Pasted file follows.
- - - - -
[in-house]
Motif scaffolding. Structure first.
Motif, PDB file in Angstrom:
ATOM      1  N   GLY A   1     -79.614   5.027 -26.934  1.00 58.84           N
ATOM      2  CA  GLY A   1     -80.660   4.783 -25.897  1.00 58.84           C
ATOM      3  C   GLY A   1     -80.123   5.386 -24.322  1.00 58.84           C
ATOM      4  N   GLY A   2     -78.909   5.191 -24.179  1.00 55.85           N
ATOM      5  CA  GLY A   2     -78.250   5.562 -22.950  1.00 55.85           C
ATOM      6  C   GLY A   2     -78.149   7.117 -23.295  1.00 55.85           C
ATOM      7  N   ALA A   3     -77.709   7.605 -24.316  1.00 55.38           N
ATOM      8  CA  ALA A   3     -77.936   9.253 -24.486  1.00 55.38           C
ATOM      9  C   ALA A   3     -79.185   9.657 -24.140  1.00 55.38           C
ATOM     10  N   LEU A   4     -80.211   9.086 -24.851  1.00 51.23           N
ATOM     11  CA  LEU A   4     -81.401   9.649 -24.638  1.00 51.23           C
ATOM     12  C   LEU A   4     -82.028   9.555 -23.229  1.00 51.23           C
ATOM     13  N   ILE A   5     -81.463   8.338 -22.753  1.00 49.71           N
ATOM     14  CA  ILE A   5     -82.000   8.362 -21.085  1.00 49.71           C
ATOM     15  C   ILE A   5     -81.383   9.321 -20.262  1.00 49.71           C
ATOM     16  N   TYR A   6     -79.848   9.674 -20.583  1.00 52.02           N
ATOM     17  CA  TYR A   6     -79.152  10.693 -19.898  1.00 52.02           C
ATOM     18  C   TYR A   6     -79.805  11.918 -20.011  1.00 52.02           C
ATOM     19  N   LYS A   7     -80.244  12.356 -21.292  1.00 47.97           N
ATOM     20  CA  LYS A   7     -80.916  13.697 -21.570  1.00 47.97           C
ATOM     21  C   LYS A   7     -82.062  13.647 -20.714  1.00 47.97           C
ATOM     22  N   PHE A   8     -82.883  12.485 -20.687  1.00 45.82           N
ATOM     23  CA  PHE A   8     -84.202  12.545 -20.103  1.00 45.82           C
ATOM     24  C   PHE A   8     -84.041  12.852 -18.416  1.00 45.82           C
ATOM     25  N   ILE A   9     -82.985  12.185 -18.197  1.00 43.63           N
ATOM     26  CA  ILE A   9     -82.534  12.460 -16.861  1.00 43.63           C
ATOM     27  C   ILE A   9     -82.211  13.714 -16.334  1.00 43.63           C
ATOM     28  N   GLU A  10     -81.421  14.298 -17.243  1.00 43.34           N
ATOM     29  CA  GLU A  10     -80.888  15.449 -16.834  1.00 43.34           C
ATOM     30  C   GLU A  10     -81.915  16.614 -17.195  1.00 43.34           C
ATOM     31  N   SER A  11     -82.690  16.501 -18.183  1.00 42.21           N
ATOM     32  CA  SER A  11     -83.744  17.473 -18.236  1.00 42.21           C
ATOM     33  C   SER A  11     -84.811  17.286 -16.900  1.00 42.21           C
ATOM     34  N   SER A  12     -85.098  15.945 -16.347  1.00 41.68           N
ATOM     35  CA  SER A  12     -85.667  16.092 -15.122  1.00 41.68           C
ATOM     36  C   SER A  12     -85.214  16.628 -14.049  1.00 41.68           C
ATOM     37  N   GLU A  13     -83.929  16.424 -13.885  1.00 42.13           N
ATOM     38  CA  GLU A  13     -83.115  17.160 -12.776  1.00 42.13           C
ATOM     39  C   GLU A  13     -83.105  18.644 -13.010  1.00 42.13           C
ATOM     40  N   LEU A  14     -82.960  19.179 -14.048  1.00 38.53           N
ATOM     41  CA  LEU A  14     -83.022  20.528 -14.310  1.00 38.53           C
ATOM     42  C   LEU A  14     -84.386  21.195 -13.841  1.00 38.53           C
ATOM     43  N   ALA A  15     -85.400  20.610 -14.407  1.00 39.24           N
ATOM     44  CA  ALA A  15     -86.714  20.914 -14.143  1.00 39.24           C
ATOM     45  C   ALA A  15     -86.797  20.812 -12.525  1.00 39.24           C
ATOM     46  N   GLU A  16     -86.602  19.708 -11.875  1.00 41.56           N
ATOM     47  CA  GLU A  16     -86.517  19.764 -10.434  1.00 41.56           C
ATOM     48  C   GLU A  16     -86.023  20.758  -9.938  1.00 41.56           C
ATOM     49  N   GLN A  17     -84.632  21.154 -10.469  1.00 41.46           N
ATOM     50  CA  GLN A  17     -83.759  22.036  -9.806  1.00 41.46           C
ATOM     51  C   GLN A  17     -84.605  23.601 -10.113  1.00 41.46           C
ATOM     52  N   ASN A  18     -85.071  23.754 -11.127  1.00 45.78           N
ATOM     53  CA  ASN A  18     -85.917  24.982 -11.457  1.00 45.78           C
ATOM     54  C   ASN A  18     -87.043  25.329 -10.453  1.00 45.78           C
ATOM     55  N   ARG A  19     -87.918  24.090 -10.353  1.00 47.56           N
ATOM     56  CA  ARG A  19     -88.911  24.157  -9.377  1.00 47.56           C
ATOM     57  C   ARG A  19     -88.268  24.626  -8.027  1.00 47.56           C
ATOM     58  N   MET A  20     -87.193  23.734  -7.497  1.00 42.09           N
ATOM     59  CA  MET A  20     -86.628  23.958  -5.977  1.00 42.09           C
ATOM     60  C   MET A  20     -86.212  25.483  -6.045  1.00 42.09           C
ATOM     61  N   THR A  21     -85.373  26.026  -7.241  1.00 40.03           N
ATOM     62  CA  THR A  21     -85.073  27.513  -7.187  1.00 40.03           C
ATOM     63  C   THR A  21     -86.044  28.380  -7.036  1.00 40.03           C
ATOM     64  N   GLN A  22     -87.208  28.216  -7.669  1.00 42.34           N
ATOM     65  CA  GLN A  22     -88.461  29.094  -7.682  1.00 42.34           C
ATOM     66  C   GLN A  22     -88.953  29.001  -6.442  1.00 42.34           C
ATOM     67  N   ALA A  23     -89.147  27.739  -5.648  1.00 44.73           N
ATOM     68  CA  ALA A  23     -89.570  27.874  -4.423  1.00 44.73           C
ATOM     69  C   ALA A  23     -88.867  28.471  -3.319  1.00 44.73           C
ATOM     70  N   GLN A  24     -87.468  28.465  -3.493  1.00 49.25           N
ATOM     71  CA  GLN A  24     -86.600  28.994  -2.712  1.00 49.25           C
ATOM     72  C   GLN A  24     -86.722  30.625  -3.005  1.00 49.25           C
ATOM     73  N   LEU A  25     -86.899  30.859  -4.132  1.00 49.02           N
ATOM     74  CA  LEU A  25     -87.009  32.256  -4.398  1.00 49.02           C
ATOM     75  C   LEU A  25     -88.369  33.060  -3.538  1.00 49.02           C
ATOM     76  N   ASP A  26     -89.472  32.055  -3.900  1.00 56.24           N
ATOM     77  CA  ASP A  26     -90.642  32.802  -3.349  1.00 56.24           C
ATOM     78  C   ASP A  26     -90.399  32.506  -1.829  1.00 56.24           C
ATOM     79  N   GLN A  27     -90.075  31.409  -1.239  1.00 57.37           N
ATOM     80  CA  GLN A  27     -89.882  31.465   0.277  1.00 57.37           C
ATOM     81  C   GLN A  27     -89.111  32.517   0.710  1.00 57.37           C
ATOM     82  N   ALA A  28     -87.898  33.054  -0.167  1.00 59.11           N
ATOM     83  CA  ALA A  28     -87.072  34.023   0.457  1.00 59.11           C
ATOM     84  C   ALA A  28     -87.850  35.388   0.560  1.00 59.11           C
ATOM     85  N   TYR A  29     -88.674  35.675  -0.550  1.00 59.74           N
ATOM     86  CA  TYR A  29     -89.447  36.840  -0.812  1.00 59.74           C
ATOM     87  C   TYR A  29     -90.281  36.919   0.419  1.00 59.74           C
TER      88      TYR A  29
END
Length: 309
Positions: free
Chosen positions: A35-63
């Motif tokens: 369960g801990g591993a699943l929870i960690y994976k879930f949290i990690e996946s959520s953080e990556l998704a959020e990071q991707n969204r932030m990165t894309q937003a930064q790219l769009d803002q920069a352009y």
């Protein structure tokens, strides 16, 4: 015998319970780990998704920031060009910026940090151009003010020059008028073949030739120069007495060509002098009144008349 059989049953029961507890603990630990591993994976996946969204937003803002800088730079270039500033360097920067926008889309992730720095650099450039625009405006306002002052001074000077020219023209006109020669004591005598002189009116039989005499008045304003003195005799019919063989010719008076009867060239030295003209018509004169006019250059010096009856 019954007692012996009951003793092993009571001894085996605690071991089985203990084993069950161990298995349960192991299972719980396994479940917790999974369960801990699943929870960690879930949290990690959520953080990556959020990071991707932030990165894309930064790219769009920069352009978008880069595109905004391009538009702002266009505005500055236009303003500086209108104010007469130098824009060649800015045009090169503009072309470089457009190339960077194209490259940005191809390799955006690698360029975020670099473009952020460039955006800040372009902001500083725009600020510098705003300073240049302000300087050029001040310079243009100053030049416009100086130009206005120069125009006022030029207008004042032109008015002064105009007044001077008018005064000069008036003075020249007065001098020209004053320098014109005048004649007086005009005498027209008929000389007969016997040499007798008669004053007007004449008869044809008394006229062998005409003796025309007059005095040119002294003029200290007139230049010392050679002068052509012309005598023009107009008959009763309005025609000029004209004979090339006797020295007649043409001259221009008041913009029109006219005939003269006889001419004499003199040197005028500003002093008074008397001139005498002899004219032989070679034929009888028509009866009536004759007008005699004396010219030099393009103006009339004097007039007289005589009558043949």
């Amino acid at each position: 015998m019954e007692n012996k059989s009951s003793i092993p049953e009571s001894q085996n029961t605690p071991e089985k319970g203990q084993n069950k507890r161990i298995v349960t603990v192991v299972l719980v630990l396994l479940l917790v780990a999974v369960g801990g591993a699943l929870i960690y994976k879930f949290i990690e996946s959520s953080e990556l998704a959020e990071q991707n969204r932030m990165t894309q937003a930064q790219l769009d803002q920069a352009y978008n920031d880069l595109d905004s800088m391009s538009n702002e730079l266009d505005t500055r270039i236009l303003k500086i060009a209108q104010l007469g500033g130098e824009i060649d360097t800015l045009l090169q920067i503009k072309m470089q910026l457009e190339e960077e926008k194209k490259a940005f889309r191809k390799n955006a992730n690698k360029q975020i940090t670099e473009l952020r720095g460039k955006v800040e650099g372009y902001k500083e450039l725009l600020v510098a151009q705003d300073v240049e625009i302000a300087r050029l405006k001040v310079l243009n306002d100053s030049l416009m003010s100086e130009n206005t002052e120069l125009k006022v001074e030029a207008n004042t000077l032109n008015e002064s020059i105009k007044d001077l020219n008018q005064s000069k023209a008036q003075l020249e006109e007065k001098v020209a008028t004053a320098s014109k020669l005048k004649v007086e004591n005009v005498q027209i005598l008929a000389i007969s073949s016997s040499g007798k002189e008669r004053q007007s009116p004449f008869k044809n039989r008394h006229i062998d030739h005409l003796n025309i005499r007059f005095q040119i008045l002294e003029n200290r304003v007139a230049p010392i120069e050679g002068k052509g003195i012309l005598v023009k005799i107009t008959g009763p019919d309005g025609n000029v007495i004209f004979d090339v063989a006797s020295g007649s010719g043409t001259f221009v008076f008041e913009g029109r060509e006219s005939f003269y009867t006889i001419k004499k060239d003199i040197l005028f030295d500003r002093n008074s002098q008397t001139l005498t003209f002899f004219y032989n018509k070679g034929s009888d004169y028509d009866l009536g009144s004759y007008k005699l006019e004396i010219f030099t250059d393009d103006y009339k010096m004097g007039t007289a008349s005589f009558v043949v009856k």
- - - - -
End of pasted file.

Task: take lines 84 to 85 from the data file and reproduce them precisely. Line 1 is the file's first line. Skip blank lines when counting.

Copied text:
ATOM     81  C   GLN A  27     -89.111  32.517   0.710  1.00 57.37           C
ATOM     82  N   ALA A  28     -87.898  33.054  -0.167  1.00 59.11           N